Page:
Computerworld

Collection agent outsources network management

Queensland-based mercantile agent Collection House, in a bid to correct its existing network management system, has outsourced its network monitoring and application management.

The agency, which listed on the Stock Exchange in October 2000, had grown to be the largest consumer agency in Australasia, but felt its existing network management system was not comprehensive or flexible enough to manage multiple devices.

With 15 geographical sites, 65 servers and 750 staff and users, Collection House was struggling with the installation and maintenance of its management applications, wich were costing a large amount of money and time.

The organization wanted to be able to monitor a variety of applications, map the performance of customer transactions to back-end infrastructure and provide universal and real-time data access to performance data.

Darren Semmler, Collection House manager networks and communications, said the agency had two options - an in-house solution or an externally managed solution.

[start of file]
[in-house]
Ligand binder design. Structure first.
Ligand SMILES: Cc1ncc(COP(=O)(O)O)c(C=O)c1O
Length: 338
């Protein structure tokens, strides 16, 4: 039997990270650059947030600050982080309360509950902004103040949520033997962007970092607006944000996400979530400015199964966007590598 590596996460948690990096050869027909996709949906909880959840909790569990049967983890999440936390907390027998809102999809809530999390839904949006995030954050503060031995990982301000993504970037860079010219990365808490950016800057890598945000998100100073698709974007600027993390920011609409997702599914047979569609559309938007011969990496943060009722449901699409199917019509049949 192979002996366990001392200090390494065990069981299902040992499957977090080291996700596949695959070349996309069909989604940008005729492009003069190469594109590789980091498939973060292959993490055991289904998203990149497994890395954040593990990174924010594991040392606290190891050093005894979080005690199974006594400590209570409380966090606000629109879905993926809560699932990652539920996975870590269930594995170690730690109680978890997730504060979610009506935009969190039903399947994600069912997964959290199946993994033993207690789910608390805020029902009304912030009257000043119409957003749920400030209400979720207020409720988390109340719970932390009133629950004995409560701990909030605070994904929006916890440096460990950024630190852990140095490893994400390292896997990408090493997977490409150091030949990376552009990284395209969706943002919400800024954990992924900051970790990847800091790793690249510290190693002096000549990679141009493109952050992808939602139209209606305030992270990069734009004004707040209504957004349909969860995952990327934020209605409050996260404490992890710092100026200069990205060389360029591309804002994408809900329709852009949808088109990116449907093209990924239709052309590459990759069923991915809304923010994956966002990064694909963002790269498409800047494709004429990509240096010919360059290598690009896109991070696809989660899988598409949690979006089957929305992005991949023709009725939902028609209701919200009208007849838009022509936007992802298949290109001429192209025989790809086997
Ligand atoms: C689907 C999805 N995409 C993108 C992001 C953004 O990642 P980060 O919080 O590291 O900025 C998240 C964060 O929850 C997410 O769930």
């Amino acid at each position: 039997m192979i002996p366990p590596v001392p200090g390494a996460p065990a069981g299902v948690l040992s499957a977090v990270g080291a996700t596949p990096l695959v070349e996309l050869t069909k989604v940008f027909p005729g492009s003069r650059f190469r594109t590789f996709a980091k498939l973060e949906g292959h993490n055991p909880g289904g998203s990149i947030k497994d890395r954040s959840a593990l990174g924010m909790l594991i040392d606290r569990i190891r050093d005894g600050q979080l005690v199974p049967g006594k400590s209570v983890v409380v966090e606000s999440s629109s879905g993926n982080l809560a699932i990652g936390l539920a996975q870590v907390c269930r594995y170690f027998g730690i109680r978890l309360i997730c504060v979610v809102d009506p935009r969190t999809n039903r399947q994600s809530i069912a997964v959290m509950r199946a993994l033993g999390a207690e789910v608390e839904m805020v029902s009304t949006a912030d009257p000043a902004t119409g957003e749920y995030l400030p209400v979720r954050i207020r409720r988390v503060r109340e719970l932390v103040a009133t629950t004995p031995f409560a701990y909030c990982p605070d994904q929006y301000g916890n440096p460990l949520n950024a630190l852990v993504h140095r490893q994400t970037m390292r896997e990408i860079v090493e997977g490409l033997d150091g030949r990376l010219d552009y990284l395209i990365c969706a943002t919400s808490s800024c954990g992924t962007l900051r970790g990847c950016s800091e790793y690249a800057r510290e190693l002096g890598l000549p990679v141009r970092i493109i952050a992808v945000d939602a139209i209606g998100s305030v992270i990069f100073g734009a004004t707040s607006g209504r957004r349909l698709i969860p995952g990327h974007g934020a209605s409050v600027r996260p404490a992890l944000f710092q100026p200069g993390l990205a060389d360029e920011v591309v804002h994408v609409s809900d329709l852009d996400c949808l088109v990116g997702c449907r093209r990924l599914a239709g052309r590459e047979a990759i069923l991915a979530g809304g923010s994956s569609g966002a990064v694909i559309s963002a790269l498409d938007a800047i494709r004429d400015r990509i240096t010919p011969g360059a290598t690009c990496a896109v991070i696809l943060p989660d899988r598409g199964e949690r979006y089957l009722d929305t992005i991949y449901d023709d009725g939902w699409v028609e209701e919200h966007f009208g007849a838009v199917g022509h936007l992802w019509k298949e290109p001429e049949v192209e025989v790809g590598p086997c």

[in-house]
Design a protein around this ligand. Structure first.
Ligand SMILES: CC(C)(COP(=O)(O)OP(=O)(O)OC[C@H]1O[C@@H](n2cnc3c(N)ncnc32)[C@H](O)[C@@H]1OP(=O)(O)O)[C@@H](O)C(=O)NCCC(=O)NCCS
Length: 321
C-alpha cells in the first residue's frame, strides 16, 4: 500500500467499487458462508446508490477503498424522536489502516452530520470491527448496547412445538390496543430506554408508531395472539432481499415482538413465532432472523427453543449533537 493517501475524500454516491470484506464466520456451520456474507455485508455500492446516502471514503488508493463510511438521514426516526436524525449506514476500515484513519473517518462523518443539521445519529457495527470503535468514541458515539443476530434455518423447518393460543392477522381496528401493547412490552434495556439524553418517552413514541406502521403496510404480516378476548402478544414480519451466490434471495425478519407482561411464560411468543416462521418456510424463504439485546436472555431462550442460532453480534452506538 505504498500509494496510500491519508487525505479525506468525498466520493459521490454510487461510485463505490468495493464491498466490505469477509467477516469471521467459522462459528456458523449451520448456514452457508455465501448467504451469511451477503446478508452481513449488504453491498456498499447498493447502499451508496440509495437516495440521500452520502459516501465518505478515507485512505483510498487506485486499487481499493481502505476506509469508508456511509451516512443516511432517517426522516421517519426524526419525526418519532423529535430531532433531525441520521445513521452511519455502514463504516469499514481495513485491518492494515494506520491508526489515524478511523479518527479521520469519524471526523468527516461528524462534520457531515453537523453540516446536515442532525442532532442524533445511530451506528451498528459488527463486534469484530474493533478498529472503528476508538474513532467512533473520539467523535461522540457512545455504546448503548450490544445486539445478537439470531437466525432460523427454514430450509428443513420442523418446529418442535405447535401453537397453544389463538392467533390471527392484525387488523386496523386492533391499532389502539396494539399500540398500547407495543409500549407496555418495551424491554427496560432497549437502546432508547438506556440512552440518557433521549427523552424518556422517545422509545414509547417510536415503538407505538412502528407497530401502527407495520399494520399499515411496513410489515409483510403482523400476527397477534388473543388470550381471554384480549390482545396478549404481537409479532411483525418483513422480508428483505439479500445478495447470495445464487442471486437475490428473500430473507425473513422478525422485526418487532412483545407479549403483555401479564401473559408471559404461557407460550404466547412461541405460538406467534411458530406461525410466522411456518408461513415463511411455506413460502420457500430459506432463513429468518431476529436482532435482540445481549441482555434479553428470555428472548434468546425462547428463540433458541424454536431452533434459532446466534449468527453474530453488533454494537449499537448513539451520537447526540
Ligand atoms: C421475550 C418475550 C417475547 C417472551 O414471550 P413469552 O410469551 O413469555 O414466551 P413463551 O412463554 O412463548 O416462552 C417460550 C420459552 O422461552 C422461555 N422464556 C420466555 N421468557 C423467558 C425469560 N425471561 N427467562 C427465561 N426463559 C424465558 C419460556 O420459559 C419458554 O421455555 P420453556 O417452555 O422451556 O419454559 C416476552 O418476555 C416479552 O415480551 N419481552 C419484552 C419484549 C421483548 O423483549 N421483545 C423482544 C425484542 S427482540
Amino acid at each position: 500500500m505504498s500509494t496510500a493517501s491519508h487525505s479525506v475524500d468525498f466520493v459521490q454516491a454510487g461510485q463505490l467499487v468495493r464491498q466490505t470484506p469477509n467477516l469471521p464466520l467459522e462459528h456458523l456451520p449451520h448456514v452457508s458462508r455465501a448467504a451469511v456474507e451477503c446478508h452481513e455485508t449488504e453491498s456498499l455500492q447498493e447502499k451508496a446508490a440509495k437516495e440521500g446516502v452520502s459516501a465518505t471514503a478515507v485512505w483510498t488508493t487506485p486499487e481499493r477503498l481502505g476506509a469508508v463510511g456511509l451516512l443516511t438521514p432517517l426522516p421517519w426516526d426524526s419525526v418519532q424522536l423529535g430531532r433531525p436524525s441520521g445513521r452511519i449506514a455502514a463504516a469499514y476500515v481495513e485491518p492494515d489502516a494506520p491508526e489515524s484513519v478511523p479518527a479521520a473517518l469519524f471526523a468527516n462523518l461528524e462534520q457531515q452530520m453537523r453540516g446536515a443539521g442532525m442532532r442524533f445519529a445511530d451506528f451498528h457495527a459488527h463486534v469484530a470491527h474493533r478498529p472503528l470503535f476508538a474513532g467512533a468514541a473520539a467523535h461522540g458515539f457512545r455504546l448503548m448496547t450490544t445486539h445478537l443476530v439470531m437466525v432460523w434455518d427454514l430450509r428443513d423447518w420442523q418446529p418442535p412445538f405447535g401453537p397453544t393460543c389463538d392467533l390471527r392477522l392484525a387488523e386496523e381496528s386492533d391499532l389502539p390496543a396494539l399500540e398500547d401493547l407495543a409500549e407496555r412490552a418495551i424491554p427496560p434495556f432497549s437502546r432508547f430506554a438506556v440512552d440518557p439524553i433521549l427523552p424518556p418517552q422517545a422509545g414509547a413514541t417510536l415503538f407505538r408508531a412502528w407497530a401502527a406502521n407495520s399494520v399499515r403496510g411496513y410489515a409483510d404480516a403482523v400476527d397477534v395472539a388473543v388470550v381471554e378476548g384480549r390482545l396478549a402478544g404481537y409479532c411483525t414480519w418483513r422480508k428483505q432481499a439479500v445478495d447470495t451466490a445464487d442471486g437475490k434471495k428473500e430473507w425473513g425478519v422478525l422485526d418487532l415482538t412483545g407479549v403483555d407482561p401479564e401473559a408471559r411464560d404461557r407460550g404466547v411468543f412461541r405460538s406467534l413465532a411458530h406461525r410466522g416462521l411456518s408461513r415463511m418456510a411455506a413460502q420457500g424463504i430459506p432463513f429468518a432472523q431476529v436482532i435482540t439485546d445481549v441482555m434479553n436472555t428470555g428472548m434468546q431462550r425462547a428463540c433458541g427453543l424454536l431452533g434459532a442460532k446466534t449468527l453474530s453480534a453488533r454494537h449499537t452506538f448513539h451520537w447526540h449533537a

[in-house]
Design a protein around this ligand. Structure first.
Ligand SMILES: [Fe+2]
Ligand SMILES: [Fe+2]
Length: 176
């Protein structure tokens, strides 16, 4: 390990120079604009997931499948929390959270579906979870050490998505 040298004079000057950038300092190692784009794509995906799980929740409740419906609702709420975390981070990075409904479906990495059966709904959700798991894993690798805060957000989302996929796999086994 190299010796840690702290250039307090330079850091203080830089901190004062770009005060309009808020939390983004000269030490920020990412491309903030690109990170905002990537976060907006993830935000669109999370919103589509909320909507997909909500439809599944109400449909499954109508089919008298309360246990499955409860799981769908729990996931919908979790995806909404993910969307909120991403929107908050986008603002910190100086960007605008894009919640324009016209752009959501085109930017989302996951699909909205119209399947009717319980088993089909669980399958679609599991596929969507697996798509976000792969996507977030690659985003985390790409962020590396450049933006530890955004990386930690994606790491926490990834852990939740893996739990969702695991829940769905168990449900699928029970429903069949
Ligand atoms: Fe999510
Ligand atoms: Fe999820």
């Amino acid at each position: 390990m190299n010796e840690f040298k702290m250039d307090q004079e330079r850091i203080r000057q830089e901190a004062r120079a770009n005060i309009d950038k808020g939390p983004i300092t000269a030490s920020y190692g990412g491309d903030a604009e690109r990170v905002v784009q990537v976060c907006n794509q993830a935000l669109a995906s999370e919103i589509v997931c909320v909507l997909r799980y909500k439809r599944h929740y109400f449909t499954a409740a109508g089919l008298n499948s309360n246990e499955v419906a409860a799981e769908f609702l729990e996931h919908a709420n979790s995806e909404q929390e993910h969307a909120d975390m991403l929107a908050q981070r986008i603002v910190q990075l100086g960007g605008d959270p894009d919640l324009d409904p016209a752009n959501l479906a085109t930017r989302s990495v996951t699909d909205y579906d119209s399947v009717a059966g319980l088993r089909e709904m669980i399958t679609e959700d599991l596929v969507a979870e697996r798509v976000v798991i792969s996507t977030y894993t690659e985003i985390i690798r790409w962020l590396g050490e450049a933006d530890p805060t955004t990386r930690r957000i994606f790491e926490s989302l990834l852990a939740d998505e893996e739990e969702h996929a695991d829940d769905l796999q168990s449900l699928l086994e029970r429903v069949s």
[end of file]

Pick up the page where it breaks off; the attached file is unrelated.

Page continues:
"We put out a tender and IBM, NetIQ and Concord were among those considered, as well as Dimension Data for managed services; all up there were about seven or eight vendors," Semmler said.

"In the end we went for a bit of a mixture."

In February last year Collection House decided to outsource the monitoring of its network and application management to Priority One which, using BMC's Patrol Express, monitors the performance and availability of servers, applications and storage and network devices.

"The actual implementation didn't take long, because the main components resided at Priority One, not Collection House," Semmler said.

"There was a fine-tuning process of about three to four months however, once implementation was in place, but that's usually the case with every project."

The implementation has enabled Collection House to create a wider disaster recovery and business continuity plan.

The agency also has a proactive, around-the-clock fault alerting (SMS and e-mail) capability, which helps it to quickly restore databases.

A single portal gives it adequate capacity planning enabling it to stay on top of issues such as monitoring user trends and server memory.

"We chose the [solution] based on cost and its ability from a service point of view as well," Semmler said.

"We have reduced outages and now have a tool that we can use for capacity planning."